Biomimicry in Architecture

Biomimicry in Architecture

Biomimicry is the act of creating man made outcomes that replicate aspects of nature. Natural systems have developed over 3.5 billion years in order to be efficient. The idea of biomimicry isn’t new, it is just a newer term. People have forever been inspired by nature, such as the Greeks application of the golden ratio. One of the most famous architects in the world Gaudi was always inspired by natural formations. Although he may not have used them to be more sustainable, his works tested traditional techniques, and he was able to create structures that seemed to defy gravity, all based on his research into natural systems. Nature is circular. It uses waste to survive. Therefore, by creating biomimetic architecture we are able to create habitats that are closer to natural ecosystems, instead of linear wasteful environments. While also aesthetically creating buildings look natural and are safer for surrounding wildlife.


Michael Pawlyn is a leader in biomimetic architecture. While at Grimshaw Architects he was part of the team responsible for the Eden Project. But in 2007 he set up his own firm, Exploration. Here the focus is on innovation and biomimicry within architecture. Creating projects which not only look like pieces of nature, they also aim to benefit the environment. With developments in technology it is now easier to replicate nature. Algorithms are created which digitally “grow” objects, in a similar fashion to how a structure would be created in nature. In terms of manufacturing, 3D printing can also hold many benefits. We are able to create complex structures much more easily, and also create structures with as minimal materials as possible. In 2014 Pawlyn created a collection of 3-D printed display tables which were based on bone and tree growth. The final outcomes used only a thousandth of the material compared to if the object was solid, but they functioned just the same. 

An example of the firm’s methodologies is their seawater-cooled greenhouse in the desert. The greenhouse is modelled on a beetle that is able to collect its own fresh water in a desert environment. Technologies at the location include algae for biofuels, salt processing to extract valuable elements and compounds, halophytes (plants that can grow directly in seawater), and BioRock™ (electro-deposition of minerals).


Pawlyn was lead on the design of the warm temperature and humid tropics biomes at the Eden project. He was able to create groundbreaking pieces of architecture. The site for the Eden Project is situated on an old Kaolinite Mine. While the design process was taking place the mine was still being used. Therefore it was important for the design to account for varying ground levels, so each “bubble” can be at different levels depending on the topography of the site. The geodesic dome structures, made from hexagons and pentagons, were found to be the most effective way to create a spherical structure, inspired by carbon molecules, radiolaria, and dragonfly wings. Each dome is made from inflated Ethylene Tetrafluoroethylene (ETFE), as in nature some of the most efficient forms are made out of pressurised membranes. The structures are so lightweight that minimal reinforcement steel was needed, it is in-fact one of the lightest structures ever created and weighs less than the air inside. Each dome is also self-heating, using passive solar principles.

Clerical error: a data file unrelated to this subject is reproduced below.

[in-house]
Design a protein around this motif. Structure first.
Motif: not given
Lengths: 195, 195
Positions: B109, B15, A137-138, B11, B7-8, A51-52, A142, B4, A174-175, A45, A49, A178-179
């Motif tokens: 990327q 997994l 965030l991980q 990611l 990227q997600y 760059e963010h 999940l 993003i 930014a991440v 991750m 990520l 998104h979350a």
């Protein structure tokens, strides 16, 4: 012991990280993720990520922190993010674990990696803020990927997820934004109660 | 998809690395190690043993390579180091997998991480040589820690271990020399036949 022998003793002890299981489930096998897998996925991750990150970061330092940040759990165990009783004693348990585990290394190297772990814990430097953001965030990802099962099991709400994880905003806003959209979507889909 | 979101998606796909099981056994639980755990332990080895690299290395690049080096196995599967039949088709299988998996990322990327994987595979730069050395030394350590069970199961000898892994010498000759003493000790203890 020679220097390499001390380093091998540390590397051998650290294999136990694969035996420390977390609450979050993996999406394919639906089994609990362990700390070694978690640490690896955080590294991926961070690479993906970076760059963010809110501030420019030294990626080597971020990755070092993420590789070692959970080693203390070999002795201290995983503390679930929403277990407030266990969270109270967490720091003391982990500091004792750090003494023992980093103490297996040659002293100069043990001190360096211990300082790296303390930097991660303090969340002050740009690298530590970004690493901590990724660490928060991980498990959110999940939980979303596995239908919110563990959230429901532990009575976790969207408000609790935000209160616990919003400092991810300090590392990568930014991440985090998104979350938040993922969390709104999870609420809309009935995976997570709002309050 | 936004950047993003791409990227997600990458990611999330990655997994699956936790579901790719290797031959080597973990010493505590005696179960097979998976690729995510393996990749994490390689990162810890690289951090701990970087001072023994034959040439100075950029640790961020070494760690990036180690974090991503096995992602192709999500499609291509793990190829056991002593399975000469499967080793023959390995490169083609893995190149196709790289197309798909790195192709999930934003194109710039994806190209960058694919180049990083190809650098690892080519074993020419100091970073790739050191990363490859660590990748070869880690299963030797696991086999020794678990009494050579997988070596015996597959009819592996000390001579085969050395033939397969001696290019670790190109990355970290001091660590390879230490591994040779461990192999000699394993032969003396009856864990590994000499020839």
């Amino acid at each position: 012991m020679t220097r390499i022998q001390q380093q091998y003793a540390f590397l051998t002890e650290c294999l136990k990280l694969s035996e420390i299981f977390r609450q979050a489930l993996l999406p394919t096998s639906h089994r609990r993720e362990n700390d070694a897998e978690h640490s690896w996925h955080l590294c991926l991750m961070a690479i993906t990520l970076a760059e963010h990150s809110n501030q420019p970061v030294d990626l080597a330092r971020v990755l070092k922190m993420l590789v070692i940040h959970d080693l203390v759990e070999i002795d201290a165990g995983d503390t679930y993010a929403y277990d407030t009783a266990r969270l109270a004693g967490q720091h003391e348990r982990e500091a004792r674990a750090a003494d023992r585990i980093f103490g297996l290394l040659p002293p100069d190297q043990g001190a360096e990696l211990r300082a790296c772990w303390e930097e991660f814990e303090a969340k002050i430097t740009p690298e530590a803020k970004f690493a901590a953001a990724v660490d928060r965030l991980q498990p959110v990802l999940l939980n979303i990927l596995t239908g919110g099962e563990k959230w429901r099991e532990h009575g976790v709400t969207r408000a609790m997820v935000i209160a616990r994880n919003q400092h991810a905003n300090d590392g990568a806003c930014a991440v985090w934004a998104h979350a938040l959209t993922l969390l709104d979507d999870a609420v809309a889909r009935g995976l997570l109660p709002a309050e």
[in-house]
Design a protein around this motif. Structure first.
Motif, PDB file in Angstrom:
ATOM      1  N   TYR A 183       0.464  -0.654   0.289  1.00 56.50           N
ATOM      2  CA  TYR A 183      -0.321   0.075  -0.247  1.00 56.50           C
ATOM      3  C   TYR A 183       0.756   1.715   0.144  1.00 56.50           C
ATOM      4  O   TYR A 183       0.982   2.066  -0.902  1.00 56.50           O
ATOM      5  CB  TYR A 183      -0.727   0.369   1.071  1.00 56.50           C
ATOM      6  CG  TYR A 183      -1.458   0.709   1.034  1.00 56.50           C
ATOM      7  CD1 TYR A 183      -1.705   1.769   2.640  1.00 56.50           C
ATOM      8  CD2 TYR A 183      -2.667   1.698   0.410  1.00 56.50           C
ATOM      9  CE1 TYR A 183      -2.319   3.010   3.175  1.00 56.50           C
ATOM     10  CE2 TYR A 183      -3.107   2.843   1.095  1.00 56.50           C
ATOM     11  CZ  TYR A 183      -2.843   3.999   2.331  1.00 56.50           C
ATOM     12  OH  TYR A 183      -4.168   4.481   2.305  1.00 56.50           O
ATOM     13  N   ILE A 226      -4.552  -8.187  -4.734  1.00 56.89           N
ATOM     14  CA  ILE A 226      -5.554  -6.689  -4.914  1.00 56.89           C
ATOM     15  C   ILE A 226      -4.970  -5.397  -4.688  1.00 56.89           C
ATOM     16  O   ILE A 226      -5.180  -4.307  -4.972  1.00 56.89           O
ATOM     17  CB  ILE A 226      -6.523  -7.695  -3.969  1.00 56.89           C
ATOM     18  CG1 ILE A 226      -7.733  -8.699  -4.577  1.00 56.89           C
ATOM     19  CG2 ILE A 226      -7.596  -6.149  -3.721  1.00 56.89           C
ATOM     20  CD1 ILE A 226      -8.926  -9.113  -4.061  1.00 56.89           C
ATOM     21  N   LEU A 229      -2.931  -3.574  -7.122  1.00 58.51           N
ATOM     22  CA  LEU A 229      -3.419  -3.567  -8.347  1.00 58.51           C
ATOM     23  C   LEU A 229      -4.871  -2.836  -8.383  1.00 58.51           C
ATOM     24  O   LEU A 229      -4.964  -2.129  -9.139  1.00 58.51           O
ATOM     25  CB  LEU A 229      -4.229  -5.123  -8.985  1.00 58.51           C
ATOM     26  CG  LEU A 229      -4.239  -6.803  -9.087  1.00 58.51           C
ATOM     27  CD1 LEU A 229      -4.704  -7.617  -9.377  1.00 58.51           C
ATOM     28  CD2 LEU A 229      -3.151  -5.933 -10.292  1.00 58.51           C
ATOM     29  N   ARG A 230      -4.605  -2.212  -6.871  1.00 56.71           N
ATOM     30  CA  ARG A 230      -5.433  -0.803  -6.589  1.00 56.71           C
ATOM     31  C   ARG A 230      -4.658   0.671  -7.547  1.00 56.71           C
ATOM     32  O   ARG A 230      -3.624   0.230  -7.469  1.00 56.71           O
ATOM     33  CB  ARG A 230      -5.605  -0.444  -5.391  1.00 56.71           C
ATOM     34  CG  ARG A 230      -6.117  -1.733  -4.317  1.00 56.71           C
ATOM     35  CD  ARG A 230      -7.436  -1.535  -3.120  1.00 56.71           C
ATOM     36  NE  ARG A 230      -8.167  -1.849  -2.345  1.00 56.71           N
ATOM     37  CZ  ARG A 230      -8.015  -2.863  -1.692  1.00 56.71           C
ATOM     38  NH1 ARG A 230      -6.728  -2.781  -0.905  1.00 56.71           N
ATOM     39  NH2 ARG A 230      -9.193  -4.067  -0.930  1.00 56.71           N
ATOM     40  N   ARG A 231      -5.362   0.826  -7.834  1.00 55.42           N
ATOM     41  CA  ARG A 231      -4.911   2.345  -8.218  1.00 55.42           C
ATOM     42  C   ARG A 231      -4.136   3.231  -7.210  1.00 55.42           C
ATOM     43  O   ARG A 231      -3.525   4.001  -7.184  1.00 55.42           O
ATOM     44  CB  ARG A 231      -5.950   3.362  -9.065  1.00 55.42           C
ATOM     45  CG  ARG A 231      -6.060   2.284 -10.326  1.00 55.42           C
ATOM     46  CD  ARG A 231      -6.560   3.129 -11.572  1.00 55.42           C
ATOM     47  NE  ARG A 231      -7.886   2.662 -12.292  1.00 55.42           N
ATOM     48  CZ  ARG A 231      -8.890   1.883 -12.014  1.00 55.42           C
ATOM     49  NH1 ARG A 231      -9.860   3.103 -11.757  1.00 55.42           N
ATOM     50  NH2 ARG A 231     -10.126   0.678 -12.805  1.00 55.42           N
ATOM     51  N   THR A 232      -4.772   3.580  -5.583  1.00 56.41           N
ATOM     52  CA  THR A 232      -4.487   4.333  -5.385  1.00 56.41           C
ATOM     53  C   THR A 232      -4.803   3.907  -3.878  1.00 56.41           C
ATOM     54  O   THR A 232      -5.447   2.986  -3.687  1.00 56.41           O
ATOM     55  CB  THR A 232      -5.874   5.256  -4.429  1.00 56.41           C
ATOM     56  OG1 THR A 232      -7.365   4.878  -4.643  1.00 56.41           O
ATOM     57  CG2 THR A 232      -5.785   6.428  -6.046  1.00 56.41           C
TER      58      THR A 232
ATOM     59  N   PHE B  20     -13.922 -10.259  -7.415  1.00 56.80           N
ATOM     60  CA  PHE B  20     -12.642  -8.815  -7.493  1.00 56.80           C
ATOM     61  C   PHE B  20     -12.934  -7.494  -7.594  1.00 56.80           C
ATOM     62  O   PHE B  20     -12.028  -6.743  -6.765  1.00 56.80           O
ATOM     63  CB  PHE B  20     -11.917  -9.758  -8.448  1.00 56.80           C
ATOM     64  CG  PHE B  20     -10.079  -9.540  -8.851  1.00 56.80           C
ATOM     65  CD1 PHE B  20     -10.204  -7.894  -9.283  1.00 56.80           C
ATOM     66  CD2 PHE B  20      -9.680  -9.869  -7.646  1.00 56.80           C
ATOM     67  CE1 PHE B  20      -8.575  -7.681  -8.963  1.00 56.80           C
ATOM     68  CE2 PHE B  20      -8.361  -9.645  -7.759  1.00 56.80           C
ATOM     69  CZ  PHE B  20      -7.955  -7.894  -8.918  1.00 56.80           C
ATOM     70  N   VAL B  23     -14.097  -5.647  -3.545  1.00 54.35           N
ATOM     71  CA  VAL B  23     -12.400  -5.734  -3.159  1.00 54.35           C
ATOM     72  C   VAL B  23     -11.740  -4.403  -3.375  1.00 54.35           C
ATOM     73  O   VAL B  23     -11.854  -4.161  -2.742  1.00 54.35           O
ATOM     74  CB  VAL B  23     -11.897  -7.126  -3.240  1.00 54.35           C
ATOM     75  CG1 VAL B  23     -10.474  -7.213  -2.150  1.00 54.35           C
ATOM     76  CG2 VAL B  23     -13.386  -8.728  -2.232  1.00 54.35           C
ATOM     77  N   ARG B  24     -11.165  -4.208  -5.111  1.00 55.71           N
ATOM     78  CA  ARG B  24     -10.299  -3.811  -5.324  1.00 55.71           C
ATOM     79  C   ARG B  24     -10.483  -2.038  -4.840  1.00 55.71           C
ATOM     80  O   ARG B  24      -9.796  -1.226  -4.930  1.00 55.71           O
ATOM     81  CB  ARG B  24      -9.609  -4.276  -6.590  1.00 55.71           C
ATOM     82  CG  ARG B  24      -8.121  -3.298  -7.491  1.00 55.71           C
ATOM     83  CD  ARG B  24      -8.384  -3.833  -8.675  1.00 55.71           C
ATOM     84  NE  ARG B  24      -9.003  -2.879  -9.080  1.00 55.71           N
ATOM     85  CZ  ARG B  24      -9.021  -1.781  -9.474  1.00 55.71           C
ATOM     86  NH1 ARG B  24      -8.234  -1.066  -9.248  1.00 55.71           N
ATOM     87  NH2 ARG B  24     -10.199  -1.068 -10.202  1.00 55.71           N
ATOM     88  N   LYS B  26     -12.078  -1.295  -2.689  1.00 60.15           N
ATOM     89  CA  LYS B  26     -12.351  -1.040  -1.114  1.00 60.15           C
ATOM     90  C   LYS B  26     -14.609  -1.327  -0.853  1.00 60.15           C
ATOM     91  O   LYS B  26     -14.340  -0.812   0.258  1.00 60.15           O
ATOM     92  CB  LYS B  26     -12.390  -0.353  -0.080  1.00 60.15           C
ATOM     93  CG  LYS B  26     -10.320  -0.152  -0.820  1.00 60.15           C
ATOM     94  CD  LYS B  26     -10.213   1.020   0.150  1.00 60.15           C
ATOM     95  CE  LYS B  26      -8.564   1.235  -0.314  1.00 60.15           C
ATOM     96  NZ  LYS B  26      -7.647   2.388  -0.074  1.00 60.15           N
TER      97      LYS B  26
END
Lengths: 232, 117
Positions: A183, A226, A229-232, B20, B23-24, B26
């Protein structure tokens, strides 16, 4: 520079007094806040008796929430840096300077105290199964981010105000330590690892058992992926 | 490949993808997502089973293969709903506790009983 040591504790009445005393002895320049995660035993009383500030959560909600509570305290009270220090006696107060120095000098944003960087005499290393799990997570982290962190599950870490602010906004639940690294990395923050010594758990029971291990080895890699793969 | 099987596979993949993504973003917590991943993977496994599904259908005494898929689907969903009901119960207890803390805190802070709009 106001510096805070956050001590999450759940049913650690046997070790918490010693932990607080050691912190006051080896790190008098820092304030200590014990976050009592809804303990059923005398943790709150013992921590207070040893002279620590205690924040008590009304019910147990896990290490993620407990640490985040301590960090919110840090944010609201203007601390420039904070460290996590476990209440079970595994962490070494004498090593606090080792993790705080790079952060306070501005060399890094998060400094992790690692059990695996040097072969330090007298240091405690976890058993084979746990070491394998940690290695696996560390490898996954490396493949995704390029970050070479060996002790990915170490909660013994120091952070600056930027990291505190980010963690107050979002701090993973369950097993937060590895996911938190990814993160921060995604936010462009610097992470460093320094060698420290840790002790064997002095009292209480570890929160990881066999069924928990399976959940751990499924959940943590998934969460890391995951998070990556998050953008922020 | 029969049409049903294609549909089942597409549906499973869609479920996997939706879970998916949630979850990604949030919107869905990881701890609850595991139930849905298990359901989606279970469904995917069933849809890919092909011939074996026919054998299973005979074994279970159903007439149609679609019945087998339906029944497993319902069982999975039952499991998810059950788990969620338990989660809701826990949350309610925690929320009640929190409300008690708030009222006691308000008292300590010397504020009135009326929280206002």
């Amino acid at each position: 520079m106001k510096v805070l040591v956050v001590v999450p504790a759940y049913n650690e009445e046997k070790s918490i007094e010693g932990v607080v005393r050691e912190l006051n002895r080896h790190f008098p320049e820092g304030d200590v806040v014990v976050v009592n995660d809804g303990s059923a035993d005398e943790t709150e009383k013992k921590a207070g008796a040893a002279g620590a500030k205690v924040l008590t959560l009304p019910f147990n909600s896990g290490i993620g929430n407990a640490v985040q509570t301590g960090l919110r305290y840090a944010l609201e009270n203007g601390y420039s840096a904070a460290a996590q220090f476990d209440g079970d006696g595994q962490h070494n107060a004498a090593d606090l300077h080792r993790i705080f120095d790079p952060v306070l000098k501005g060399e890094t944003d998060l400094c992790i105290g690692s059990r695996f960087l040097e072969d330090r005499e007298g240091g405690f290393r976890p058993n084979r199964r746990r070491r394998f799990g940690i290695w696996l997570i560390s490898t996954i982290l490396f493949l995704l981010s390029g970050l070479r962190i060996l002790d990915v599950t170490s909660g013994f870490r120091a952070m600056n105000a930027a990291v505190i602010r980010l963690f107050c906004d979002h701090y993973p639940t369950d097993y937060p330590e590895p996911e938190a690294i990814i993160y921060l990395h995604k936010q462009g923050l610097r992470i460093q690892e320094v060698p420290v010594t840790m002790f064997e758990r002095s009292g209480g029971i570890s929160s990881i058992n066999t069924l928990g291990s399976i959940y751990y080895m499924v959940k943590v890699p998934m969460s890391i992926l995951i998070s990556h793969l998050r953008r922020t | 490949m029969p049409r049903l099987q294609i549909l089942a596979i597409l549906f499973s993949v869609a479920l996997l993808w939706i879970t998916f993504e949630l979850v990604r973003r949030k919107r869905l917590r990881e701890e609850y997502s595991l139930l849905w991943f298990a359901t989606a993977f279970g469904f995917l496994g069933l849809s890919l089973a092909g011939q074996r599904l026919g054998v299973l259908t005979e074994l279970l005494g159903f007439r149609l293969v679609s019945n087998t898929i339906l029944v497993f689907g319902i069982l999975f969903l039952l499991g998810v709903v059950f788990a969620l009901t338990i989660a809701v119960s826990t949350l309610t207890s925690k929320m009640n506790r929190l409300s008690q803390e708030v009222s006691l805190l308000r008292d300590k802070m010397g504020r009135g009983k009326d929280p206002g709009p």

Developments in biomaterials, and the understanding of how structures grow in nature, has allowed architects to create buildings that not only create less pollution but also work with the environment around them. The BioRock Pavilion is a proposal by Michael Pawlyn and his team to grow a building. They aim to use electro-deposition of minerals in seawater. They began by looking at how nature alone would solve the problem of climate change. This then led to looking at the Vostok ice core data, which showed that before the industrial revolution CO2 levels were steady. James Lovelock’s Gaia theory found that these steady conditions were mainly maintained due to coccoliths, marine-organisms that grow skeletons from calcium carbonate, This is because they multiplied greatly when CO2 levels were high, meaning that the CO2 was transferred from the atmosphere into the lithosphere as they used it to grow. Therefore, this event space could be grown underwater by “growing” minerals onto a thin steel structure. The final structure would calcify, resulting in a similar material to reinforced concrete.

Michael Pawlyn
Grimshaw Architects